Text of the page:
The 7/8” thick marble slabs for the counter top were propped up outside the back door. I cut lengths, shaped sink hole with curved corners for under mount sink, and drilled and filed holes for faucets on counter top pieces using a masonry blade in a circular saw, regular masonry bits, and wood half round files. While I was working on the marble Dorothy came out the back door complaining of a toothache. I tried to console her.

We didn’t have the tools that are available today. Or at least I didn’t have diamond blades or bits. I was still using handsaws, brace and bit, yankee screwdriver, hand planes, and chisels. And the mitre box was the old wooden hand made one that my father taught me how to make.

The plumbing and heating pipes were also being replaced and I worked with the older gentleman plumber. He taught me how to measure, cut, thread and install pipe. I remember him telling Dorothy some jokes. Dorothy was a pretty woman and easy to get along with.

When I first started on one of Candela’s rental units I made a Formica counter top abutting a curved wall mounted sink. I felt proud when Felix complimented me on the detail I used at those curves. He respected the work I was doing on their Jackson Blvd. home and other rental property, with Dorothy’s supervision.

Having stayed with my girlfriend initially when I arrived from Miami, I then moved into one of Felix and Dorothy’s houses on Jackson Blvd. during the middle of John Macsai’s course sometime around the summer of 1975. The house was diagonally across the street from Candela’s residence. My room was the original living room on the first floor with a small bathroom across the front hallway, tub and all. The room was large enough to easily accommodate a bed, refrigerator, kitchen table, chair and drafting table. While I was attending UIC then, studying high-rise design I remained working for the Candelas.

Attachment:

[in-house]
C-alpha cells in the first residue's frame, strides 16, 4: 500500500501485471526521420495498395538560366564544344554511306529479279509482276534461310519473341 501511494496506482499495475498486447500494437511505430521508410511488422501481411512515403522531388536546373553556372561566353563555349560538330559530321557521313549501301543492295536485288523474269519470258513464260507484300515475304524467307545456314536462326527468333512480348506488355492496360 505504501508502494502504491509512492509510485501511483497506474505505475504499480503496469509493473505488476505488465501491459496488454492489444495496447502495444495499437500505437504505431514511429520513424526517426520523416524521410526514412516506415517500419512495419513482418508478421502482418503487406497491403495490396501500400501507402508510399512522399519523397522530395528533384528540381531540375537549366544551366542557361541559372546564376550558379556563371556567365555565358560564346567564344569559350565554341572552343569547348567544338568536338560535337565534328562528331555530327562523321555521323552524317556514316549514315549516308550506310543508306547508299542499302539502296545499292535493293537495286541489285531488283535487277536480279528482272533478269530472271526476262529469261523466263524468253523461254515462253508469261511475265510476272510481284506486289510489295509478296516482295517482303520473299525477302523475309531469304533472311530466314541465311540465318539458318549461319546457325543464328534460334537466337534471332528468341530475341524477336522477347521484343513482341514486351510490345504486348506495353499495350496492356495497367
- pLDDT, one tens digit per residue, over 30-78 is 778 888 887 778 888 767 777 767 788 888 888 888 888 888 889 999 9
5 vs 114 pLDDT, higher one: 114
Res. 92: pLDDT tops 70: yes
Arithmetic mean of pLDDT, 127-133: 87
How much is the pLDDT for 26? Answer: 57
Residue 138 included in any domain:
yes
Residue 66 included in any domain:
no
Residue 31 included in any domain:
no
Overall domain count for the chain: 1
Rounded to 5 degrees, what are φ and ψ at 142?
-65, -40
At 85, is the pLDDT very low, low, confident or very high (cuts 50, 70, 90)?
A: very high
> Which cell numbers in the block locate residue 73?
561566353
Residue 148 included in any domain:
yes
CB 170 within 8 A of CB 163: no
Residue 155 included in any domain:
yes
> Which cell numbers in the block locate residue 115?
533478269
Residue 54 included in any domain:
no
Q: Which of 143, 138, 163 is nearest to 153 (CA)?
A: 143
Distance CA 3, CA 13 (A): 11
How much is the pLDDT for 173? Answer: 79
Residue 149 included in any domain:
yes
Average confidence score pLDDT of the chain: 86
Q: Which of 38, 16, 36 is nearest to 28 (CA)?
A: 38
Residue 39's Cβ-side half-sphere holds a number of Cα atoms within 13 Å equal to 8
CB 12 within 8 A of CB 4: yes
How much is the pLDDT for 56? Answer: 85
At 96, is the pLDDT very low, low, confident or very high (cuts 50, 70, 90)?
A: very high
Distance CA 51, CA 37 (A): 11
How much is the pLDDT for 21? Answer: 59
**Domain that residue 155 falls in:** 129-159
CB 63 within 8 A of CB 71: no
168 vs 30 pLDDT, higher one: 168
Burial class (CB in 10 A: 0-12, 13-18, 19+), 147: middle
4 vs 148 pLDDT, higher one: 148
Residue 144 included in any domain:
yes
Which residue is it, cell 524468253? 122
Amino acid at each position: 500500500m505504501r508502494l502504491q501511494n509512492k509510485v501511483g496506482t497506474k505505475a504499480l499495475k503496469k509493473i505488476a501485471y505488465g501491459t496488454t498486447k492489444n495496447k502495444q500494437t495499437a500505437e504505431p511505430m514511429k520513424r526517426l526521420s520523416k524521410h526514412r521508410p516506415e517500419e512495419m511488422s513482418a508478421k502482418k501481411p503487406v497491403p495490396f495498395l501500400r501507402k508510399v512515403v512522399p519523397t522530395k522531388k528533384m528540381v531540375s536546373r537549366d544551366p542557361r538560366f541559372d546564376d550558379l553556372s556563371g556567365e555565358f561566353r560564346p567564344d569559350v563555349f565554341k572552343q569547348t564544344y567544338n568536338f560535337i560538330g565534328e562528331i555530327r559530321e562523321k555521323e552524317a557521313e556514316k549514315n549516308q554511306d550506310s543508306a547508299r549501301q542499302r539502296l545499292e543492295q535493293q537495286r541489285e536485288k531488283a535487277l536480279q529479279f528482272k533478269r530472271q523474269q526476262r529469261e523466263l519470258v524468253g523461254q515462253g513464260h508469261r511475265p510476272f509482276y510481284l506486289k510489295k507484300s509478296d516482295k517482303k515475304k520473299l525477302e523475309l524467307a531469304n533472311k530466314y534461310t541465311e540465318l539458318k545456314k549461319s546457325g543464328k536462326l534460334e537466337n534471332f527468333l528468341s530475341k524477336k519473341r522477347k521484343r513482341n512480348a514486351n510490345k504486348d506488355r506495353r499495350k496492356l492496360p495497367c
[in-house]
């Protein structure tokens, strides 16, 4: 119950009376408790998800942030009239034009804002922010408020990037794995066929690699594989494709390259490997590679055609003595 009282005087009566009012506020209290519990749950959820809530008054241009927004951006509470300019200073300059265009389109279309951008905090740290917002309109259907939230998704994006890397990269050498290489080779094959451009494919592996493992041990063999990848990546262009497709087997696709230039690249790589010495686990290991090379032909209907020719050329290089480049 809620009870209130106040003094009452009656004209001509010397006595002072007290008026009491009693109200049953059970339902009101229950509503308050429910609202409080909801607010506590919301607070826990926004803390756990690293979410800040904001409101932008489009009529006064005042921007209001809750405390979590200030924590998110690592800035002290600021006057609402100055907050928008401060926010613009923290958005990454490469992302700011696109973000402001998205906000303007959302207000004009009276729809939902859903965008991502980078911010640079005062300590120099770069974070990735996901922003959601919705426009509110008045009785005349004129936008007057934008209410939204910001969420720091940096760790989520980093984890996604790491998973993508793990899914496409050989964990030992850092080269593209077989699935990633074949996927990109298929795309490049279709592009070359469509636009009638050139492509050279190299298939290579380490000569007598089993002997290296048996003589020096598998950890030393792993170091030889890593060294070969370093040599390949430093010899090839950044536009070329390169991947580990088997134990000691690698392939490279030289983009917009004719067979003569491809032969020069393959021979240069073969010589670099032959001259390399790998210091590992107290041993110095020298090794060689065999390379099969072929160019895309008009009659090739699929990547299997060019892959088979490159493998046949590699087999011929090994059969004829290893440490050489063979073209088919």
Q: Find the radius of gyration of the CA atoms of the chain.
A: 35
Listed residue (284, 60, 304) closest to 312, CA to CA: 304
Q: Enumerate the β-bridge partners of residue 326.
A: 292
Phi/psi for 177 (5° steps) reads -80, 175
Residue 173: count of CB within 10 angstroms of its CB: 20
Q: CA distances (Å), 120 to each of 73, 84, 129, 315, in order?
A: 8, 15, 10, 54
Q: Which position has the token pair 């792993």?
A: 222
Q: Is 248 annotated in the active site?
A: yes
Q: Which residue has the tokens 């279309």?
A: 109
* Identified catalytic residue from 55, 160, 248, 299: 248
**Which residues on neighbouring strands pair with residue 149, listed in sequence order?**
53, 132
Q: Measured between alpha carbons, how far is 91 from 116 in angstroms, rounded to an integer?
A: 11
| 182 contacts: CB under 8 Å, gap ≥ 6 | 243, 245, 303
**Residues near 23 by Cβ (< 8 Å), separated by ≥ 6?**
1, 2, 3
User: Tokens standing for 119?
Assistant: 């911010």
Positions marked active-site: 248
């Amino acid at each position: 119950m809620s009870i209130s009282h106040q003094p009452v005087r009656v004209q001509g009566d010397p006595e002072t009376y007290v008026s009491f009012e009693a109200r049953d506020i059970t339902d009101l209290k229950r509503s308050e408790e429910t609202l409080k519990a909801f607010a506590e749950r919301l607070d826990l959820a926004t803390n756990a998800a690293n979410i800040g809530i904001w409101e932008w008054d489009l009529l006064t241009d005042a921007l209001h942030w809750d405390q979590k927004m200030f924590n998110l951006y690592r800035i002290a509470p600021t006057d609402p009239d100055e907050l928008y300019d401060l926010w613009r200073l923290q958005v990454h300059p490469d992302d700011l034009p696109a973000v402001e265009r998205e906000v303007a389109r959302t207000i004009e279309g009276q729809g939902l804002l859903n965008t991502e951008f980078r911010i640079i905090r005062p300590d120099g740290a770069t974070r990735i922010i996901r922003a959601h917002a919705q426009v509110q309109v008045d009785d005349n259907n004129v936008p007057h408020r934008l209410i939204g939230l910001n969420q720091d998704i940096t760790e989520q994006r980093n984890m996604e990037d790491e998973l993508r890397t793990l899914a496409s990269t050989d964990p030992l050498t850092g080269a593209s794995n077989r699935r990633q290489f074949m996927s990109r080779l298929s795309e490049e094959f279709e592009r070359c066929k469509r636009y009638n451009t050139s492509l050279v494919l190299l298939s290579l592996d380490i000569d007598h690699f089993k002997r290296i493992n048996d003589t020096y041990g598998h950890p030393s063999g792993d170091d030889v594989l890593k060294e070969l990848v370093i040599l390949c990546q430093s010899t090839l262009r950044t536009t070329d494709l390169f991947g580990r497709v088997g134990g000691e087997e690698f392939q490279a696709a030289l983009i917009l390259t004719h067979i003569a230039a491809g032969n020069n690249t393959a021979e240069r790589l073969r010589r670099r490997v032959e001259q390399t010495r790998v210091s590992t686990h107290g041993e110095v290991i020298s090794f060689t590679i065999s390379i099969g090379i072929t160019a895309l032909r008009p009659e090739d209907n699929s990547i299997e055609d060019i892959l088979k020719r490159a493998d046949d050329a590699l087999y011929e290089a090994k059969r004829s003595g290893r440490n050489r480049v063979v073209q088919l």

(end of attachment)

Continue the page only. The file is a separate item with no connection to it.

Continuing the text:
I recall sitting outside on the front steps and looking up at the Sears Tower. Felix told me that in strong winds the tower could sway up to about ten feet at the top.

Felix was teaching Stadium Design at UICC and invited me to visit the class while he was teaching. I went with him and saw some drawings and models in progress and we discussed a method of anchoring a suspension cable by separating strands of cable and pouring a conical shaped metal around the strands. This metal is then anchored into the concrete base. He also pointed out different aspects to consider in designing a stadium.

At their other home, in the lakeshore condo, Felix and Dorothy showed me plans they were drawing for an airport in Saudi Arabia. If I recall correctly, the maintenance area for aircraft was below the runway.

I was invited to a party Felix and Dorothy held at their lakeshore condo. The Head of the Architecture Dept. at UICC Richard Whitaker whom I previously met, also attended and he sat down at a small table with my girlfriend Barbara and myself. And he said, “Do you know how many people would give their right arm to be here tonight?” There were some prominent guests attending, including Bruno Ast and his wife Gunduz Dagdelen.

As people left the party, and not overstaying our welcome, Dorothy and Felix sat on their couch in the living room and my girlfriend and I sat around the coffee table with them. Felix opened a door in the table, pulled out a bottle of Anisette and offered me a shot. He said it was made in a little town in Mexico. He knew I liked Anisette and it was excellent.